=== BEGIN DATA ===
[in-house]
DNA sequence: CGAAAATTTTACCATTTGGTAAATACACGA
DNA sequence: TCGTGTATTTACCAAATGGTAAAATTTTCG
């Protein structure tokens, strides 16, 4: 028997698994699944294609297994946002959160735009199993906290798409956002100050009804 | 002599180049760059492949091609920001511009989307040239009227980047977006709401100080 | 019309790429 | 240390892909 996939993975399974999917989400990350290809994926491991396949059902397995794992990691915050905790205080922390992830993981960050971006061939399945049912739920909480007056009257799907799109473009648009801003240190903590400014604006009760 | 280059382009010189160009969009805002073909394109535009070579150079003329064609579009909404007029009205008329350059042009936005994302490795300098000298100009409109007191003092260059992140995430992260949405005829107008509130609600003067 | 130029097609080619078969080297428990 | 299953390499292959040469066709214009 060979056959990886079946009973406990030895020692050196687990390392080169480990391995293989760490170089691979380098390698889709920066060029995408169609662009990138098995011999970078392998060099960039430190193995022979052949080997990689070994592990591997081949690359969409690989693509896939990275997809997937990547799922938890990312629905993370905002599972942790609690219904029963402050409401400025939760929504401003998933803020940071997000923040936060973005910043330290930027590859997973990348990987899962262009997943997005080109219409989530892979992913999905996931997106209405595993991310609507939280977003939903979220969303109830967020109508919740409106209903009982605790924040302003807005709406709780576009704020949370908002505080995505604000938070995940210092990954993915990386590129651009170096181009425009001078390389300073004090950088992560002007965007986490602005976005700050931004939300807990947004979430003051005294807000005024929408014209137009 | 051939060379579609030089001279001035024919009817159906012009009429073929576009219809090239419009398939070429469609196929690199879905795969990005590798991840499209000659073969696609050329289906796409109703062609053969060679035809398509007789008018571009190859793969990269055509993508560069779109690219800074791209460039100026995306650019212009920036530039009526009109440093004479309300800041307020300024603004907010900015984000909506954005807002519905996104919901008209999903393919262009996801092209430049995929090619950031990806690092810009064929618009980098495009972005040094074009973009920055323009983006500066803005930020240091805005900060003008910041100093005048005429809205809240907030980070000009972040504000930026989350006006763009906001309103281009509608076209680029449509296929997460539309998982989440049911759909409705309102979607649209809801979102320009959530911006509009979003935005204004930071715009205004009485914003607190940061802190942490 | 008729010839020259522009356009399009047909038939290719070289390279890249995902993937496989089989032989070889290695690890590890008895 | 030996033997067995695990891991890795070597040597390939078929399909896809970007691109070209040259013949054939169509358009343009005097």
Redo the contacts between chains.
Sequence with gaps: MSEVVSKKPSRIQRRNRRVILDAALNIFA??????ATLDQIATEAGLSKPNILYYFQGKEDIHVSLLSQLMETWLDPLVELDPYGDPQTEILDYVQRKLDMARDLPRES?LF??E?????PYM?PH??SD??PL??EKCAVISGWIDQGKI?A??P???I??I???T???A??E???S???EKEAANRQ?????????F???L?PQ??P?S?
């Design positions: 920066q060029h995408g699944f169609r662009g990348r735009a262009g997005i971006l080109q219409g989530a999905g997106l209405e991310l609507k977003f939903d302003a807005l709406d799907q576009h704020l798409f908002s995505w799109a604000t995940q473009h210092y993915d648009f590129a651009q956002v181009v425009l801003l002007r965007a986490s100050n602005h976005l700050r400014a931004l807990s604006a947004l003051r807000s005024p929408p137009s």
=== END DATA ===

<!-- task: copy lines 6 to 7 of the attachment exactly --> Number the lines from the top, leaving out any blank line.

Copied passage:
Sequence with gaps: MSEVVSKKPSRIQRRNRRVILDAALNIFA??????ATLDQIATEAGLSKPNILYYFQGKEDIHVSLLSQLMETWLDPLVELDPYGDPQTEILDYVQRKLDMARDLPRES?LF??E?????PYM?PH??SD??PL??EKCAVISGWIDQGKI?A??P???I??I???T???A??E???S???EKEAANRQ?????????F???L?PQ??P?S?
């Design positions: 920066q060029h995408g699944f169609r662009g990348r735009a262009g997005i971006l080109q219409g989530a999905g997106l209405e991310l609507k977003f939903d302003a807005l709406d799907q576009h704020l798409f908002s995505w799109a604000t995940q473009h210092y993915d648009f590129a651009q956002v181009v425009l801003l002007r965007a986490s100050n602005h976005l700050r400014a931004l807990s604006a947004l003051r807000s005024p929408p137009s």